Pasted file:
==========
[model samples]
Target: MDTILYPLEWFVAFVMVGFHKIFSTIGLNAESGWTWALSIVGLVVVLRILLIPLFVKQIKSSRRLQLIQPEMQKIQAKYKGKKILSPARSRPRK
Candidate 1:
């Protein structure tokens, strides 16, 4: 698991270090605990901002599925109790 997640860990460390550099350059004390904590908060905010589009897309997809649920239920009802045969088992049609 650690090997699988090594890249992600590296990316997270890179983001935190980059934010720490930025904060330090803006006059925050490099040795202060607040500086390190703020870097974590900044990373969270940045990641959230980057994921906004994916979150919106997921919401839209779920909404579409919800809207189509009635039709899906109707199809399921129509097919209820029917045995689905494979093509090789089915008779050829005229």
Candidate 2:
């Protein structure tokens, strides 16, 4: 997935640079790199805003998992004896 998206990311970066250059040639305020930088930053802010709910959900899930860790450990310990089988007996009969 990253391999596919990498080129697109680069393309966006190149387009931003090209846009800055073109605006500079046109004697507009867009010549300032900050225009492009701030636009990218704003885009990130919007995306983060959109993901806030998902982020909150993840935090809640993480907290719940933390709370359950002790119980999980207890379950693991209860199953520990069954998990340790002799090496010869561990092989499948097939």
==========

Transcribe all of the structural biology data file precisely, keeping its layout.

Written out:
[model samples]
Target: MDTILYPLEWFVAFVMVGFHKIFSTIGLNAESGWTWALSIVGLVVVLRILLIPLFVKQIKSSRRLQLIQPEMQKIQAKYKGKKILSPARSRPRK
Candidate 1:
């Protein structure tokens, strides 16, 4: 698991270090605990901002599925109790 997640860990460390550099350059004390904590908060905010589009897309997809649920239920009802045969088992049609 650690090997699988090594890249992600590296990316997270890179983001935190980059934010720490930025904060330090803006006059925050490099040795202060607040500086390190703020870097974590900044990373969270940045990641959230980057994921906004994916979150919106997921919401839209779920909404579409919800809207189509009635039709899906109707199809399921129509097919209820029917045995689905494979093509090789089915008779050829005229």
Candidate 2:
């Protein structure tokens, strides 16, 4: 997935640079790199805003998992004896 998206990311970066250059040639305020930088930053802010709910959900899930860790450990310990089988007996009969 990253391999596919990498080129697109680069393309966006190149387009931003090209846009800055073109605006500079046109004697507009867009010549300032900050225009492009701030636009990218704003885009990130919007995306983060959109993901806030998902982020909150993840935090809640993480907290719940933390709370359950002790119980999980207890379950693991209860199953520990069954998990340790002799090496010869561990092989499948097939």